What does a freeze and thaw really do?
As I look out the window at the outside landscape, I see snow falling. It is a reminder that here in the Midwest, we have seasons. Have you thought about if the freeze and thaw is beneficial to the soil in your fields? What is this actually doing and is it beneficial both short-term and long-term?
What is Soil Compaction?
As farm machinery continues to get bigger and as the timing for field work like planting and harvest becomes more variable, compaction becomes an issue. Soil compaction is when the soil particles are pressed together, reducing the amount of pore space in soil. Compaction prevents water from moving through the soil and oxygen from moving in. It reduces the volume of roots that penetrate the soil and is a less than ideal environment for the soil biology. Bottom line, it has a huge effect on soil quality as well as decreasing desired production.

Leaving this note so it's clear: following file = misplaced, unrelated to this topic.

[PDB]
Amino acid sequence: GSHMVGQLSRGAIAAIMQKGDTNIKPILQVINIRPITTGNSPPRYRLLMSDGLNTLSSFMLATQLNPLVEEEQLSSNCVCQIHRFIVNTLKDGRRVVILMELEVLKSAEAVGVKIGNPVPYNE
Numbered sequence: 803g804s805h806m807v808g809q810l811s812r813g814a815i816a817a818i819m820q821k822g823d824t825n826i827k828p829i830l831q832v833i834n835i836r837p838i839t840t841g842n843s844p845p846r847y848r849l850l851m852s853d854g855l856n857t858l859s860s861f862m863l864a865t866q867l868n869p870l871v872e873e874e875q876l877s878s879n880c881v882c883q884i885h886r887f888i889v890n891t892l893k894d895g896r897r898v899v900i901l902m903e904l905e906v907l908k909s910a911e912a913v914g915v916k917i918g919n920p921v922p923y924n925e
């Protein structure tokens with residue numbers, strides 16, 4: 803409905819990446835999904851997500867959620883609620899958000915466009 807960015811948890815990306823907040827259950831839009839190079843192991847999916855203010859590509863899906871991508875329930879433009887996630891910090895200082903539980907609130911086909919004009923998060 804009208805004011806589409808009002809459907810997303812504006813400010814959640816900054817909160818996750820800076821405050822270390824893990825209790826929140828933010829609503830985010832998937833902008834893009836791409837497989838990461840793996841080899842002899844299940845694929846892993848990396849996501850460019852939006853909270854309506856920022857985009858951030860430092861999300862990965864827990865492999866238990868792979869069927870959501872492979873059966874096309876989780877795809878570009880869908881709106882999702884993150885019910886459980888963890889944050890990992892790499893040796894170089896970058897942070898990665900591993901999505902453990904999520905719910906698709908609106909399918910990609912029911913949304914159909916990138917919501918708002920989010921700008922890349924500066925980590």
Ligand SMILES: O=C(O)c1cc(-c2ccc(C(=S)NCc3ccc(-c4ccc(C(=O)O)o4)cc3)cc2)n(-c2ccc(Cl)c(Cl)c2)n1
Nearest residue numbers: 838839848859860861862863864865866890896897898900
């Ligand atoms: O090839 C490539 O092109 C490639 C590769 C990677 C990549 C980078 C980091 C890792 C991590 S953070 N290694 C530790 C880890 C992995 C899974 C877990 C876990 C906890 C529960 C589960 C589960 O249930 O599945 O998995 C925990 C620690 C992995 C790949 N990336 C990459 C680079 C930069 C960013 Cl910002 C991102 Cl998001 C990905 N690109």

Freeze and Thaw
The freeze and thaw cycles of winter are very beneficial. The soil is composed of 50% solids (45% mineral and 5% organic matter). The other 50% is pore space made up of roughly 25% water and 25% air. The frost line will creep lower in the soil as the number of consecutive below freezing days continues. Many Midwest winters can see a freeze depth of 12+ inches, depending on the winter temperatures. The plumbing folks have figured out the maximum frost depth in your area because busted underground water lines are just no fun.
The upper 2-6 inches will have multiple freeze and thaws depending on the cycle of temperatures as well as snow cover. As the water in the pore space freezes, it expands and moves the soil up. Then as it thaws, the soil will shrink, helping to reduce the impacts of soil compaction. Because multiple freeze and thaws normally happen in the upper 2-6 inches, there may still be compaction deeper in the soil. This is when a deep ripper or even cover crops can be a good way to eliminate compaction.
So sit back, enjoy your cup of coffee. If you are wondering what in the world is going on out there, your field is going through a natural cycle. And this process is much needed to reduce soil compaction and make your field more productive.